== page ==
The weather is getting warmer and fishing season is in full swing. Turkey season is over and walleye season is coming on strong, and let’s not forget the garden.
I hope your trout season is going well. It has been tough with this weather. It seems to rain every other day. It seems each time I get a chance to get out, the water conditions are terrible. I only had a chance to get out in PA one time for about 3 hours. I have been doing okay in West Virginia. I did get a chance to go to Western Michigan and did very good. We went fly fishing for steel heads. I was able to land 6 large ones. Of these, there was a 32 inch and a 31½ inch. The smallest that I kept was 28 inches.
There is nothing like battling those big fish on a fly rod. I lost a lot of fish. Several broke my 10 lb. leader. There were some very big fish in the rivers this year. I just recently found out that Lake Huron and Saginaw Bay are producing very good catches of walleyes. Our walleye season has been slow but it is picking up. I have gotten a couple of 20 + inch ones and also got some big crappies. I am going to shift my fishing to the Yough River now. The water will settle down and you will be able to wade the river a little better. The river bottom is very difficult to wade so be careful if you are going there. I have taken an occasional swim there without wanting to go in swimming. There is a lot of trout still out there to be had. Getting back to the walleyes, they have been slow. The reason is the changing water conditions. Walleye like both stable weather and water conditions. One thing I did notice is the two female walleyes I harvested still had eggs in late May. The eggs were being dissolved back into the digestive system of the fish. The failure of these fish to spawn sometimes happens when the weather conditions are not right for spawning. It remains to be seen how this will affect the walleye population three years from now. However, if you are a Musky fisherman, the areas below the locks in West Virginia and Point Marion are producing good numbers of big fish — especially below the Morgantown Locks. Some days, they are catching 3 to 4 over 40 inches in a day. The fish are hitting big plugs that resemble small 8 to 12 inch walleyes. The plugs have extremely large eyes and that seems to be the key. If the eyes seem to be white, you get more strikes.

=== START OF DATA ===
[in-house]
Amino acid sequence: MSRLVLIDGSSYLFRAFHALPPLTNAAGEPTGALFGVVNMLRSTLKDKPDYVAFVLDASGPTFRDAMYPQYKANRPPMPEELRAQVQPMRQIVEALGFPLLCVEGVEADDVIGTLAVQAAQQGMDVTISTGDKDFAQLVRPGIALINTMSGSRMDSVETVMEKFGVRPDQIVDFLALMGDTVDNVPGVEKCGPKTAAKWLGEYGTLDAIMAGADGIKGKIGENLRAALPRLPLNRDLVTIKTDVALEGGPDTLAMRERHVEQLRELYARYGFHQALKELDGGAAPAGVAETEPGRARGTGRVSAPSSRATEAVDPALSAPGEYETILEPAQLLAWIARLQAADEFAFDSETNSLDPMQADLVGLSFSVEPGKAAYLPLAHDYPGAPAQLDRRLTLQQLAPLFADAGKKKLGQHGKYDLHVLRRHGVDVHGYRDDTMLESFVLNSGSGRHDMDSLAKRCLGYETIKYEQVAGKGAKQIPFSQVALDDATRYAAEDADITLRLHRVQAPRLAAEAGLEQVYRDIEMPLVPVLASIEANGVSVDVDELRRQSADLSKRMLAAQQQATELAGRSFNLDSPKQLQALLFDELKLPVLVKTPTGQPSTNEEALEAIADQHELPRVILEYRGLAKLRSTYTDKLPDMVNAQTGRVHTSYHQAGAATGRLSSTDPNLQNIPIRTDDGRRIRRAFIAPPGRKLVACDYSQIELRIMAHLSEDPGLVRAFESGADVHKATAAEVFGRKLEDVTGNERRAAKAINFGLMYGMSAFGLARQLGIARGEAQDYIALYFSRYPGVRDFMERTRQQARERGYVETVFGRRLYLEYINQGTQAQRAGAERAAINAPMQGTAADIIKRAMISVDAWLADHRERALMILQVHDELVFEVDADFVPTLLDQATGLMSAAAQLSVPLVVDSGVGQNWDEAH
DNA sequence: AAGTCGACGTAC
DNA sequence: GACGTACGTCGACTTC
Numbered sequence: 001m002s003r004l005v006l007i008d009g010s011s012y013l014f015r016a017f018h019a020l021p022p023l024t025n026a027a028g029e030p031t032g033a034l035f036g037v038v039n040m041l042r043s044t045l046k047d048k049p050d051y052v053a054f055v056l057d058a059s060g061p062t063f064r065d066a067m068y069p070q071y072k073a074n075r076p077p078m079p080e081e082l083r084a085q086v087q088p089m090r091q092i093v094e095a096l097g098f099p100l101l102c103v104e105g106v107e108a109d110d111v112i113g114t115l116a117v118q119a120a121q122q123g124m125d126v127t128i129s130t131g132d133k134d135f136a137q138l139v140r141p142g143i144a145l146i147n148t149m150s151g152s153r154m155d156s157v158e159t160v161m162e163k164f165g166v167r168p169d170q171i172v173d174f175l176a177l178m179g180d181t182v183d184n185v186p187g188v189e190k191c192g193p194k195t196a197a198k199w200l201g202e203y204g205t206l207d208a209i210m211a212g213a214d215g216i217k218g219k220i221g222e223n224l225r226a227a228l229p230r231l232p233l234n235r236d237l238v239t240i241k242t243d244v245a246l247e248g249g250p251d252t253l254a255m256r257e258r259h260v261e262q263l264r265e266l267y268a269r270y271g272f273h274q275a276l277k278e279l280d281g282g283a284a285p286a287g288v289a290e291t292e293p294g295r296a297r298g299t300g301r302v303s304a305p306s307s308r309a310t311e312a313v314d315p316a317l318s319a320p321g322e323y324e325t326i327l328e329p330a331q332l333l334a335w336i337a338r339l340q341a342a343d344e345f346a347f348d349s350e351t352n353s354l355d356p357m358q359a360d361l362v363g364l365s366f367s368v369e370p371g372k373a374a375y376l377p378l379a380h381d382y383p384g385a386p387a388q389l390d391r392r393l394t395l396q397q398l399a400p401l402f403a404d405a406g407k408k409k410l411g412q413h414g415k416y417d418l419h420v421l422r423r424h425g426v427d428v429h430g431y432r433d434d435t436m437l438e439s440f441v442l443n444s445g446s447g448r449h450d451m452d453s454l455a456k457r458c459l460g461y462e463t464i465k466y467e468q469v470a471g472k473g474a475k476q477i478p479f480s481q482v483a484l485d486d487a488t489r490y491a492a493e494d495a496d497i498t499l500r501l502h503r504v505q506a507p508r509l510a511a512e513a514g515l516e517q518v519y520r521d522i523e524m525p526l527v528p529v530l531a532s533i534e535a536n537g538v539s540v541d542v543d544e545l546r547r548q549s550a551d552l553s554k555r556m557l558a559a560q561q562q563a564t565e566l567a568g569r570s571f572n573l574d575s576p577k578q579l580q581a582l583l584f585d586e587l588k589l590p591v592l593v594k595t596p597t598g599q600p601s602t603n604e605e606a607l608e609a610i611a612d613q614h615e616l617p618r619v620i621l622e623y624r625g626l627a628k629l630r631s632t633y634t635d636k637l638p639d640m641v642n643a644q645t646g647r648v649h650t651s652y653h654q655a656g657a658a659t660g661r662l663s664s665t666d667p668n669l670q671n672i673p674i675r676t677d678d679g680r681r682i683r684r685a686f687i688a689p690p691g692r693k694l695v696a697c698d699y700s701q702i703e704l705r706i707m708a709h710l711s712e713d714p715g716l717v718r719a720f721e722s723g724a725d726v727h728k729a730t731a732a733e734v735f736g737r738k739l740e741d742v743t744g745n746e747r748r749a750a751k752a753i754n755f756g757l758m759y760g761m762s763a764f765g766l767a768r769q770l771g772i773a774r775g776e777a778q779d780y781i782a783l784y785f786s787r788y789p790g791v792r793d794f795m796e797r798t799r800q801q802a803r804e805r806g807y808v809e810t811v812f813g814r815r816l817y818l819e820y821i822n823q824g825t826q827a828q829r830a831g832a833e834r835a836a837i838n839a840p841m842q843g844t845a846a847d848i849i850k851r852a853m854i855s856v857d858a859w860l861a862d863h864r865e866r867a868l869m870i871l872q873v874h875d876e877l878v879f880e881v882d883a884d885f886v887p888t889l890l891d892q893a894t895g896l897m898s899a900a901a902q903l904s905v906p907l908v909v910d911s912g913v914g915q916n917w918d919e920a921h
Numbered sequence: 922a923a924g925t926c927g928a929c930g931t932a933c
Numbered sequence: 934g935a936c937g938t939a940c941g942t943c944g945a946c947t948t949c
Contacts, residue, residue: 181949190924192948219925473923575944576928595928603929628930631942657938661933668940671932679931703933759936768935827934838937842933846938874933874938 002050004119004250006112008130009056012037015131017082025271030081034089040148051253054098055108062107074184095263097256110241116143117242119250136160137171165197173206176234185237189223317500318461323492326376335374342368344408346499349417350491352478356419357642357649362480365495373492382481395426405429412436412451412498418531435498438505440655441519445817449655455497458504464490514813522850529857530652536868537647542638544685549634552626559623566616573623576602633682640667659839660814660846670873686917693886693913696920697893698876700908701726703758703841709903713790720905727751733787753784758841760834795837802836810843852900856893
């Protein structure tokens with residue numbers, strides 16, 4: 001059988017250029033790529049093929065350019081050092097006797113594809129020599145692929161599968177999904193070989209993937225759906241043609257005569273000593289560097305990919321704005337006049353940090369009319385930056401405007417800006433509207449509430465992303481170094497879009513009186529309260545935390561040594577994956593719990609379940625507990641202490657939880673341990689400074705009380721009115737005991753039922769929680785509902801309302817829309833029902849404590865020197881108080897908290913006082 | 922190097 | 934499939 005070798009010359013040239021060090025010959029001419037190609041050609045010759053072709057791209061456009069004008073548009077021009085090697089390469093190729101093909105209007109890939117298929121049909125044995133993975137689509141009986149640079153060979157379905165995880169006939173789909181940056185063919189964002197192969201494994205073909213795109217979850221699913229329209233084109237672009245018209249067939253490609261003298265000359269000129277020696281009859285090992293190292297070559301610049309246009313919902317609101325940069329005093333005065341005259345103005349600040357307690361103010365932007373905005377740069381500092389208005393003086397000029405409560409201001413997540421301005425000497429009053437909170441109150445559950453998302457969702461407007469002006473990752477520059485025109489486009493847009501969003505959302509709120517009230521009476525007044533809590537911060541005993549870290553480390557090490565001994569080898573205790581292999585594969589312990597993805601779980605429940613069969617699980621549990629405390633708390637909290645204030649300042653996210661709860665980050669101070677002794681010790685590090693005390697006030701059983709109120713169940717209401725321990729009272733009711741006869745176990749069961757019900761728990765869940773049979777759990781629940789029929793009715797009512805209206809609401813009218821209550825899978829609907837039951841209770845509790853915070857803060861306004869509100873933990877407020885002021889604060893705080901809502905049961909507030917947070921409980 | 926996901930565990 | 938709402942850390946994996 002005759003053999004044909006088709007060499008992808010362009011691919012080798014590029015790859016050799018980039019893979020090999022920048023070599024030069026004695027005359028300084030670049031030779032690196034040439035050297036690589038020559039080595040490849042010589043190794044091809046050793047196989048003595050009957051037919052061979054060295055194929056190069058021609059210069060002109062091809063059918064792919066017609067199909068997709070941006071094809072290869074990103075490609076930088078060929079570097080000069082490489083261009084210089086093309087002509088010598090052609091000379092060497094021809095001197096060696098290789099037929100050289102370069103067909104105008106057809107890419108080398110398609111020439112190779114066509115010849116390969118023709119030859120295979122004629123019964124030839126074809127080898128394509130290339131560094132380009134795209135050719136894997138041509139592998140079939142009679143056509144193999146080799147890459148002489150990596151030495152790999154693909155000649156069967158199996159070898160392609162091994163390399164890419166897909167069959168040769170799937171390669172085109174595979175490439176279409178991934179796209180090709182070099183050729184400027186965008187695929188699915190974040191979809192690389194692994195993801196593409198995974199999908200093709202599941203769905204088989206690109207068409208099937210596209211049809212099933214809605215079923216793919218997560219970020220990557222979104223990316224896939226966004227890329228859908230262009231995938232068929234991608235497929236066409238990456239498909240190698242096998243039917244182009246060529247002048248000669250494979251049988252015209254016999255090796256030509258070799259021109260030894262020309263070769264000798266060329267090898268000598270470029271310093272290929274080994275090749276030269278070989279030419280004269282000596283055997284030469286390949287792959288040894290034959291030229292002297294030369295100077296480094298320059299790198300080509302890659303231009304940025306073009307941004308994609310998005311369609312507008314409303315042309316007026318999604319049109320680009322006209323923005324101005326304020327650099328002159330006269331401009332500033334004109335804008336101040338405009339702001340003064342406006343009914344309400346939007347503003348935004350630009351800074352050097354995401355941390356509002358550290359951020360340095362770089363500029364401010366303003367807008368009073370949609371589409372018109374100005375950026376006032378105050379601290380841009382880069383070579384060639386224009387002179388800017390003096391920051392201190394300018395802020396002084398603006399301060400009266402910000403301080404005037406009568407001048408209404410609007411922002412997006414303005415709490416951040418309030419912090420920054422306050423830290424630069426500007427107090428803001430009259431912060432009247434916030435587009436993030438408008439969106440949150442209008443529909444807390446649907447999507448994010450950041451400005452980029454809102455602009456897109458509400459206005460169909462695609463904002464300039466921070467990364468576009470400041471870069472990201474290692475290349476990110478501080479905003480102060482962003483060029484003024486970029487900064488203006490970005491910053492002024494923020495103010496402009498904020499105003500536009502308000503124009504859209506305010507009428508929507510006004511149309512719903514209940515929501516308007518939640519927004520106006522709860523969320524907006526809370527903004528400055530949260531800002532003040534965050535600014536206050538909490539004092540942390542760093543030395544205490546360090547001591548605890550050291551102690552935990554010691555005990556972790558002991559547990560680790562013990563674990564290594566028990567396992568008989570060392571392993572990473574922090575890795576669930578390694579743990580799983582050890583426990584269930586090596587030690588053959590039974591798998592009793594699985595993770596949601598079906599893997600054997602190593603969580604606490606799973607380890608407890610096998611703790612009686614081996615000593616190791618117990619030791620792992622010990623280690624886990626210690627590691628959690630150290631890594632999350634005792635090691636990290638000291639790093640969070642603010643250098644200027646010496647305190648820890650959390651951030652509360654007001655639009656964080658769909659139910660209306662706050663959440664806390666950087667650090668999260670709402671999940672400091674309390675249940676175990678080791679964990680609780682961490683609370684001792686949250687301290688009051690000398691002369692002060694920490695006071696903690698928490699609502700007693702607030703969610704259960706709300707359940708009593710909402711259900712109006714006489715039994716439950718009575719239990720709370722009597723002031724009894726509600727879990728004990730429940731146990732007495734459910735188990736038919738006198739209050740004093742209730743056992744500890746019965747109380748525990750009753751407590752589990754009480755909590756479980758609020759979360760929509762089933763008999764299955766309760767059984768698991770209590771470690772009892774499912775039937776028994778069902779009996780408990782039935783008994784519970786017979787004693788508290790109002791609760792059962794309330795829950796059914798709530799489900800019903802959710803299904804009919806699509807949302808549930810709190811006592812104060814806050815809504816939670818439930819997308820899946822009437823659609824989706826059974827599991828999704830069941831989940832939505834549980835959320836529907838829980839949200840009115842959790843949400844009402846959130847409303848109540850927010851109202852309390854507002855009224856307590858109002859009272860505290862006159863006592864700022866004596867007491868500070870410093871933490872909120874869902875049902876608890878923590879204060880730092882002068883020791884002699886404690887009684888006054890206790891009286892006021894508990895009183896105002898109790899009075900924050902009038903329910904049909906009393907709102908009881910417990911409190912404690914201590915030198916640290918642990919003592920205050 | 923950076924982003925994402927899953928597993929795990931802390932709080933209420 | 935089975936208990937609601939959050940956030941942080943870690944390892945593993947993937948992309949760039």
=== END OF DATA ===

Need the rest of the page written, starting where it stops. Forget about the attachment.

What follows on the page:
On another note, you may be familiar with the “Trout in the Classroom” program where our school students raise trout and release them. When these fish are 3 to 4 inches, they are released into our streams. It is a great program but our water conditions get too warm for survival in most cases. So the idea has been brought forth by the Izaak Walton League (Harry Enstrom Chapter of Greene Co.) and others to raise catfish in the class room. The thought was that these fish will have a much better rate of survival since they are a warm water fish. Also, it has been suggested that the catfish are Blue Catfish. The Blue Catfish was extirpated from our rivers because of drainage from the mining industry. This would be a way of having our students not only see the fish grow but also reintroduce the fish back into our rivers. The one thing that you should be aware of, is that these fish can grow to 160 pounds. I think I am going to have to change from my 4 and 6 lb. test lines. The Pennsylvania Fish and Boat Commission is seriously considering the idea. I fully support the concept and in time it will bring an economic boost to the area.
For those of you who like the Dunkard Creek area, there is a program being considered to place launch ramps for kayaks and canoes on the stream. The program is in the early stages but it seems to be gaining momentum. Also, in relation to the launch areas, a very serious program is being developed to help clean-up the acid mine drainage from the area. Two groups are currently looking at funding to begin the treatment of the acid mine water in the area. I do fully support these efforts. It will not only be good for economics and recreation, but will also improve water quality in the Mon River, our main drinking water supply. I will up-date as the planning goes forward.
If you don’t know by now my good friend, Steve Barrett, has left the paper. I wish him the best and I will miss him deeply. It was great working with him over the years. I will miss you, but we all know that our path in life is in stronger hands than ours. Good luck and may God Bless you.